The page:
confluences will be filmed at drawdown to document access between the
tributaries and the reservoir and any blockage will be pinpointed with the
vegetation will be mostly lacking during the fall/winter period when this
habitat work is planned, therefore most of the mapping of aquatic vegetation
habitat types will be done during the proposed wetland and terrestrial
studies during spring and summer, using a combination of stereo overflights
and ground truthing. This effort will quantify the major water willow beds
and other aquatic plants present. Once
this data is collected and mapped, it will be imported into the Arc View
habitat data file for each reservoir.
habitat types that will be mapped include downed trees (natural fall or
cut), brush piles, stumps, standing timber and man-made fish habitat such as
Christmas trees. Downed trees will be further broken down by their size and
the amount of branches remaining on them, such as bare tree trunk, medium
branched and heavily branched trees. Also,
trees that were cut by agencies and cabled together to provide fish habitat
will be differentiated from those that fell naturally or were cut illegally.
and piers will also be layered into the Arc View data file for each
reservoir and this work (including the area of the docks in square feet) has
already be completed by PB Power on High Rock using overflight pictures from
a 2002 survey.
substrate types within the drawdown zone will be delineated and mapped,
including sand/clay (or mud), gravel, cobble, boulder, ledge and rip-rap.
Substrate that does not provide good habitat, such as heavily
imbedded gravel (imbedded >75%) will not be measured.
The predominant substrate type (mud or sand/clay) will not be mapped
by the field crew, but will instead become the “default substrate”.
All habitat types except this category will be mapped, and all other
habitat of lower value that is not mapped will fall into this category.
habitat data from the four reservoirs will be imported into an ARC View data
file after it’s collected, so the amount of aquatic habitat (acres and ft²)
can be calculated. Bathymetry in
all four reservoirs will be presented in 1 ft contour intervals.
the habitat surveys, the entire shoreline of all four reservoirs will be
filmed with a digital movie camera connected to the Trimble GPS unit.
Areas of significant erosion and their extent will be located with
the GPS system (latitude/longitude), filmed during this survey and their
locations included in the Arc View data file for each reservoir.
Significant erosion will include areas that are observed to have
active and ongoing erosion and observable impacts to important aquatic and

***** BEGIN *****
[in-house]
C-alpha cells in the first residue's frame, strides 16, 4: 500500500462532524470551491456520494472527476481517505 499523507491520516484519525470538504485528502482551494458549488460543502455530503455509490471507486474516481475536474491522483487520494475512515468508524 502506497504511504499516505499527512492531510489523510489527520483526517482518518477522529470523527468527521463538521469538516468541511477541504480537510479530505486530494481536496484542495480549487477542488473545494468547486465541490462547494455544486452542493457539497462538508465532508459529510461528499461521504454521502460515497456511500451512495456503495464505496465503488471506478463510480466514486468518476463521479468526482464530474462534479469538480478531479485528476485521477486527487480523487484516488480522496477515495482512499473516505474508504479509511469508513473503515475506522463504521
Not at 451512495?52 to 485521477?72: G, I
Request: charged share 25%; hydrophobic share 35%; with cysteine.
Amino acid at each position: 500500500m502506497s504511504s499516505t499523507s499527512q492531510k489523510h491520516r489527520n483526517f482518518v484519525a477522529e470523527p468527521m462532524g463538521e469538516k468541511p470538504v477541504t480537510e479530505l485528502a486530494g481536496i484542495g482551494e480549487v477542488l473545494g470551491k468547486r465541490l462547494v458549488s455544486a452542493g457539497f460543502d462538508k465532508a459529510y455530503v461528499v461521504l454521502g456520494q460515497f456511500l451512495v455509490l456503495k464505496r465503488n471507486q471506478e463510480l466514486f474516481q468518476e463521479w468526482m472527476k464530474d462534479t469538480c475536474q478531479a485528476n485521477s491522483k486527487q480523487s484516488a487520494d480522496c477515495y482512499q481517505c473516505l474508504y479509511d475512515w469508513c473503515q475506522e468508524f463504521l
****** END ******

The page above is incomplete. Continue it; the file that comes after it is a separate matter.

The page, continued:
terrestrial resources. Such
areas will include but are not necessarily limited to:
where eroding shoreline has resulted in localized sediment deposits that
are noticeably affecting water quality or aquatic habitats
where eroding shoreline has resulted in the loss of vegetation from a
significant plant community or
where eroding shoreline are impacting public recreation facilities
Methods – Reservoir level fluctuation evaluation
The reservoir fluctuation evaluation portion of the study will also be
conducted by Normandeau and will entail the following:
effects of current Project operations and water level fluctuations on
existing fishery and aquatic habitats, including impacts to fish species of
management concern during the spawning season and impacts due to daily and
seasonal drawdowns. Fish species
evaluated will primarily include all those that spawn in the littoral zone,
such as largemouth bass, sunfish species (bluegill, pumpkinseed etc).
Other fish, such as the forage species that are pelagic spawners
(threadfin and gizzard shad, blueback herring) will also be evaluated.
The habitat surveys discussed above will be used to quantify impacts
of fluctuations on fish and aquatic habitats.
Other Project operations that could affect aquatic biota such as
stranding (after generation ceases) and water quality (especially dissolved
oxygen and temperature) will also be evaluated as part of this study.
effects of alternative reservoir fluctuations, such as reduced drawdown
zone, seasonal changes to rule curve (fill reservoir sooner or hold full
existing water level fluctuation and drawdown data for the reservoirs,
calculate median, mean low and mean high water levels from long term data
sets and prepare a graph for a 12-month cycle to assess impacts (this data
will also be used for wetlands evaluation).
existing fishery data (species lists) collected by NCWRC, Yadkin
consultants (recent Progress Energy fish sampling in four reservoirs) and
fisheries data that will be collected during the proposed tailwater
fisheries sampling beginning in August 2003 to conduct this evaluation.
Data Collection and Reporting Schedule
Data collection for the habitat surveys on High Rock and Narrows
Reservoirs are planned for the fall
and early winter in 2003 and the habitat data collection for the Tuckertown and
Falls Reservoirs is planned for the fall/early winter in 2004.
Results of the habitat surveys and reservoir fluctuation evaluations for
the four impoundments will be reported in draft and final study reports.
A draft study report of the habitat surveys on High Rock and Narrows
Reservoirs will be prepared and distributed to the Fish and Aquatics IAG for
review and comment by the 1st quarter of 2004, approximately two to three months
after the completion of data collection. A
draft study report for the Tuckertown and Falls Habitat survey will be prepared
and distributed to the Fish and Aquatics IAG by the 1st quarter of
2005, approximately 2 months after data collection.
IAG comments will be addressed in a final habitat study report for all
four reservoirs that will be distributed to the IAG in March 2005.
Interim results, such as draft habitat maps of the reservoirs, may be
shared with the IAG as such information becomes available, prior to completion
of the draft study report. The draft
Reservoir Level Fluctuation report for High Rock and
will be prepared and distributed to the IAG for review and comment by the 2nd
quarter of 2004, about three months after the draft Habitat survey report for
these two reservoirs is turned in. The
draft Reservoir Level Fluctuation report for Tuckertown and Falls Reservoirs
will be distributed to the IAG for review and comment by the 2nd
quarter of 2005, about two months after the draft habitat survey for these
reservoirs is turned in (draft habitat survey reports are needed in order to
complete the draft reservoir fluctuation reports).
Final Reservoir Level Fluctuation reports for the four reservoirs will be
distributed to the IAG for review and comment by the 2nd quarter of